Charles Hagerty No Comments

Condos: Easy Living, Tough Insurance

Do you own a condominium? To you, condo ownership may represent a feasible way to home ownership. Or maybe it represents a second residence in some exotic location you like to visit. Or maybe it’s an investment to generate rental income. Regardless of why you own, understand that insuring a condo is much different than insuring a traditional home.

Statutes and Paperwork

A thorough review of your master deed (often called declarations or “docs”) is necessary to adequately insure your condo. Unfortunately, these docs can be multiple pages of legalese that make it difficult to decipher insurance requirements. Further, your association’s bylaws may contain important insurance information. And if it wasn’t confusing enough already, some states have statutes which dictate condo insurance requirements.  For these reasons, a best practice is to review your insurance needs with a trusted insurance advisor, like your Trusted Choice® independent agent.

Definition of Unit

Your docs should contain a definition of “unit.” This term is often used to define the boundaries of the property that you individually own vs. common property that is owned by the association or other entity. For example, boundaries may include the space you occupy as well as all real property located between the unfinished walls, floor and ceiling. Note that there is no standard definition of unit: All docs are different.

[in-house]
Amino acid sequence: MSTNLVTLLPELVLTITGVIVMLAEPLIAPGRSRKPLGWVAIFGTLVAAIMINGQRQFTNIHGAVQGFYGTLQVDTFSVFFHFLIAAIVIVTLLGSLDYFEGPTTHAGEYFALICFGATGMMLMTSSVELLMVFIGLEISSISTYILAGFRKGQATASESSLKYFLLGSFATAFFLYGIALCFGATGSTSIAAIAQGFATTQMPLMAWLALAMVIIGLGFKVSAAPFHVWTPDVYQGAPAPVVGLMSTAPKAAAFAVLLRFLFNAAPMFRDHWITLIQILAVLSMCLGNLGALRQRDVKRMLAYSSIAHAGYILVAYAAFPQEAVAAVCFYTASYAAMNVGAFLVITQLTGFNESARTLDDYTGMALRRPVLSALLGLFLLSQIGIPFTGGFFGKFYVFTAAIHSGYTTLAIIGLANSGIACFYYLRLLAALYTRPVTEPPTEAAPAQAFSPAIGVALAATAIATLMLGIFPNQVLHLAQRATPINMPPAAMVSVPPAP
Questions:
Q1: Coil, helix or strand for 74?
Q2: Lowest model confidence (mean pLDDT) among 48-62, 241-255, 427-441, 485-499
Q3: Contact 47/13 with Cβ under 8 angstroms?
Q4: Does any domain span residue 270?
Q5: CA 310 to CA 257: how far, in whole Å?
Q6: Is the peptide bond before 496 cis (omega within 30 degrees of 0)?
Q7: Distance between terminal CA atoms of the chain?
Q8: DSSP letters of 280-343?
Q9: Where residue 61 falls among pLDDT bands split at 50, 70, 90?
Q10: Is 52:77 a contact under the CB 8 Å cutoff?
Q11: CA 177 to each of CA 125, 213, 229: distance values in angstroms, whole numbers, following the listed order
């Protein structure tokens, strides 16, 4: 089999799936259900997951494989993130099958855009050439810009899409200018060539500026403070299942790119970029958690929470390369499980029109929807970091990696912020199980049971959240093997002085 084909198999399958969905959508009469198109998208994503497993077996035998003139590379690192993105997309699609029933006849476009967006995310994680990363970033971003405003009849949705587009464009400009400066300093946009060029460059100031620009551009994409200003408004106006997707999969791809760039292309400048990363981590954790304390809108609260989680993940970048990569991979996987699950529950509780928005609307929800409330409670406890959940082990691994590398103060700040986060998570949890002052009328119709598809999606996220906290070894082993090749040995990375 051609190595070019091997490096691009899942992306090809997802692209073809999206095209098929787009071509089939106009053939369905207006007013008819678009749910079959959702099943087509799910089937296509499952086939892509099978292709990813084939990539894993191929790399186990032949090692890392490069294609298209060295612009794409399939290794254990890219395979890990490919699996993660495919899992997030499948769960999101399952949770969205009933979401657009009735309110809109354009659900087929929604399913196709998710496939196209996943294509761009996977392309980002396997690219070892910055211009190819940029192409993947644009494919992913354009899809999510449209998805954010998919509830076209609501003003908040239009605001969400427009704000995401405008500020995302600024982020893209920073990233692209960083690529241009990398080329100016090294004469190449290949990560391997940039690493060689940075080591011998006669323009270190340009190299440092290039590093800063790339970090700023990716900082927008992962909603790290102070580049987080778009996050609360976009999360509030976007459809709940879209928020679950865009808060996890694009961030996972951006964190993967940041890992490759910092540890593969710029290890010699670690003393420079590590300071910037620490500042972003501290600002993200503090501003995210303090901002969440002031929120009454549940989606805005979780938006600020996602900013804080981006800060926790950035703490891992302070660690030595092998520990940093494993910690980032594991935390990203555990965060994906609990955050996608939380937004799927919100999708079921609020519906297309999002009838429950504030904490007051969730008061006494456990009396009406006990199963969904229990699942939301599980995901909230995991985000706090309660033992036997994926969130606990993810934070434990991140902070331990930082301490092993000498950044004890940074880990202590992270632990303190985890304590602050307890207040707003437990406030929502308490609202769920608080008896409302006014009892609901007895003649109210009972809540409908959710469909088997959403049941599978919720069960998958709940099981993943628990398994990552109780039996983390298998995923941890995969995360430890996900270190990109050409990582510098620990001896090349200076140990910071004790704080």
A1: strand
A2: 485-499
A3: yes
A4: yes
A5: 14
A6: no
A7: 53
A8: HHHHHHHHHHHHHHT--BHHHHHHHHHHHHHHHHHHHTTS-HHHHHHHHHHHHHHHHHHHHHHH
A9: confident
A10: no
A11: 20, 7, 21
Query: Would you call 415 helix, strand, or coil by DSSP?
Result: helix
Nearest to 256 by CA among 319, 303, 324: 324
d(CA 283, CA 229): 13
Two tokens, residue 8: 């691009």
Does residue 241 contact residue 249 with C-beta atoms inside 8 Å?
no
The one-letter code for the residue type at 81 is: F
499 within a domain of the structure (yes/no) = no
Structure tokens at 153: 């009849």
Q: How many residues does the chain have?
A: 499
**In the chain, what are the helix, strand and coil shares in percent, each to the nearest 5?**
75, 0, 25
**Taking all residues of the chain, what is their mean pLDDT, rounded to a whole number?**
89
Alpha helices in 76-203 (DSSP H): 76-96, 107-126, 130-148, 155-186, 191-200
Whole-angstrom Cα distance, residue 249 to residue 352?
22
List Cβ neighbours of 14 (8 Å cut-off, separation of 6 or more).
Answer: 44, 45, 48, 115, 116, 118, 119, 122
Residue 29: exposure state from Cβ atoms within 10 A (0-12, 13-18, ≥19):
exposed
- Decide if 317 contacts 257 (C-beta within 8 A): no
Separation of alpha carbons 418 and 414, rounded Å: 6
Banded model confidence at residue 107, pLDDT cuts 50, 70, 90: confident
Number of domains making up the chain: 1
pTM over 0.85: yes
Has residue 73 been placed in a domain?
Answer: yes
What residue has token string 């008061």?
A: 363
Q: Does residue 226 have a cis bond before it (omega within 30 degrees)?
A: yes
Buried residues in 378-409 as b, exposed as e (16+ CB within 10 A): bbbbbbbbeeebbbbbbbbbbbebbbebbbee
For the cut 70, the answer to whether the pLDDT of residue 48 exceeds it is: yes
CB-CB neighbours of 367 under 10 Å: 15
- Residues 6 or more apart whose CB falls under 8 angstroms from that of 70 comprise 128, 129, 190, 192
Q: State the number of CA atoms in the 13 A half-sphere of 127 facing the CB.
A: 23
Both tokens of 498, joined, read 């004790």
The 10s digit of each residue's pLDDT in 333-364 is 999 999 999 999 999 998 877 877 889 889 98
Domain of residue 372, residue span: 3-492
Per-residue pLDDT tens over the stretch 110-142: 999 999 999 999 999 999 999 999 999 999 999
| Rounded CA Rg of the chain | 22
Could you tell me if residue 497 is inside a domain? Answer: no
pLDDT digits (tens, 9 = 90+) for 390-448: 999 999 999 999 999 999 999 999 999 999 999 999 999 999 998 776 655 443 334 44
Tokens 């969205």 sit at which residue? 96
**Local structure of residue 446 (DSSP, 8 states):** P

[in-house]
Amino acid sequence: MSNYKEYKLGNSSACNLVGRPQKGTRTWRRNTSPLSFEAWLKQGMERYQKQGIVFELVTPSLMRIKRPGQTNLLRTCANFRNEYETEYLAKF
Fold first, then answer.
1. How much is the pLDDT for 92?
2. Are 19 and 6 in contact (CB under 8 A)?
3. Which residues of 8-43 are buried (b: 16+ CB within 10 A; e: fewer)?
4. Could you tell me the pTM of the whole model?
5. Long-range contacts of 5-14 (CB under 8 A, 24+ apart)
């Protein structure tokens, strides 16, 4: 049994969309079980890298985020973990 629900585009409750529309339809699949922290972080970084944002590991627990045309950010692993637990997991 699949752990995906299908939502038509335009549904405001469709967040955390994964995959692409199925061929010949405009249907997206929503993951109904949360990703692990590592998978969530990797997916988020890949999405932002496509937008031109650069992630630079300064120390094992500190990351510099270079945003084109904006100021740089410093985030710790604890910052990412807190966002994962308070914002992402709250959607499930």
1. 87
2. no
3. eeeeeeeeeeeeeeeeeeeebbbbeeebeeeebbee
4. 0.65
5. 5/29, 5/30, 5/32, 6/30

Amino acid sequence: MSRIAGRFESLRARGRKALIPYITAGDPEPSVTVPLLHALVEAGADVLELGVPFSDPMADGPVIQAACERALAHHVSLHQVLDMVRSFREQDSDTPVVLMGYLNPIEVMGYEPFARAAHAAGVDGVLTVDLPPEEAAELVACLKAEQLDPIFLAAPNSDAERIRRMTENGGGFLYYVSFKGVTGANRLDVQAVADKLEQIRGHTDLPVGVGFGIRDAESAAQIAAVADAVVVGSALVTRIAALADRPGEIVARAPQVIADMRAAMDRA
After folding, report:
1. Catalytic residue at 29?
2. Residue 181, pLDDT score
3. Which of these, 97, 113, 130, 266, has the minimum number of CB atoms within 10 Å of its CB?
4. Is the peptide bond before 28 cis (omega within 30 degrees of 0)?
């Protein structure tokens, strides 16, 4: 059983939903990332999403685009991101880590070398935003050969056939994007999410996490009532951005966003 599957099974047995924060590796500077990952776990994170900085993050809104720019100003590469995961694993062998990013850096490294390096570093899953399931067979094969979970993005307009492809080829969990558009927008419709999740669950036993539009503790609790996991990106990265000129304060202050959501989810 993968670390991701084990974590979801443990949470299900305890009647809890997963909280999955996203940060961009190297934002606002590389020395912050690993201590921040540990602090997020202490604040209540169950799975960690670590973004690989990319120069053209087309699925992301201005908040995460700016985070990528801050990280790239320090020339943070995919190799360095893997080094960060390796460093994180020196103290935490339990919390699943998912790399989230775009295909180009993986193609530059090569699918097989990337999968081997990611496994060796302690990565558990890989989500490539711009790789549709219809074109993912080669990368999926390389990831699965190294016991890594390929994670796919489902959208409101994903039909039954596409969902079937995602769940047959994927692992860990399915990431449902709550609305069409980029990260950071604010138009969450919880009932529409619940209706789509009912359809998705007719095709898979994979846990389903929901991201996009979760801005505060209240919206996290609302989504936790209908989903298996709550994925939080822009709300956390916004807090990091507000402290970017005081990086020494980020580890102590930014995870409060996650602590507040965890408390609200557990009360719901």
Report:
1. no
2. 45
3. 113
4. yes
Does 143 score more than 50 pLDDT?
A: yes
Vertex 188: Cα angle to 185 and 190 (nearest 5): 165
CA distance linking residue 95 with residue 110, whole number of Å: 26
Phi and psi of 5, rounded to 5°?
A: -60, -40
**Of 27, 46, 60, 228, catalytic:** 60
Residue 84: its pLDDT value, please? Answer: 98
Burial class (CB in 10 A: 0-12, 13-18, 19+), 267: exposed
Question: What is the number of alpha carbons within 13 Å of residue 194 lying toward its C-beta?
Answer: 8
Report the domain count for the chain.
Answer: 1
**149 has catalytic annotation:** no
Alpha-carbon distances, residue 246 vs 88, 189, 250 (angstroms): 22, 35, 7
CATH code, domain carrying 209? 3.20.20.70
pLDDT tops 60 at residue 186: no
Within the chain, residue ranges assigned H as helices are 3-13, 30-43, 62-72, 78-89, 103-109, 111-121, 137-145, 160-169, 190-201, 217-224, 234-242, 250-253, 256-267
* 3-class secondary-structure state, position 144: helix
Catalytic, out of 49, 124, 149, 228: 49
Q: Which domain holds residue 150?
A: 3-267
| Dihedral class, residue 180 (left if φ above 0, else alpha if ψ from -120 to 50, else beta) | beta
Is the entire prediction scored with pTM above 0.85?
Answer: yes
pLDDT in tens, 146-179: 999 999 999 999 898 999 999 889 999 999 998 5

“Bare Walls In?” or “What I Bring In?”

Some docs will make the association’s insurance policy (often called “master” policy) responsible for all building items and fixtures including those located inside your unit. Such items may include floor coverings, kitchen and bathroom fixtures, built-in cabinets and counters, appliances and equipment. In this case, you are only responsible for insuring your personal property such as furniture, electronics, and clothing. You may also be responsible for insuring alterations you make to the existing floor plan, such as laying carpet over tile.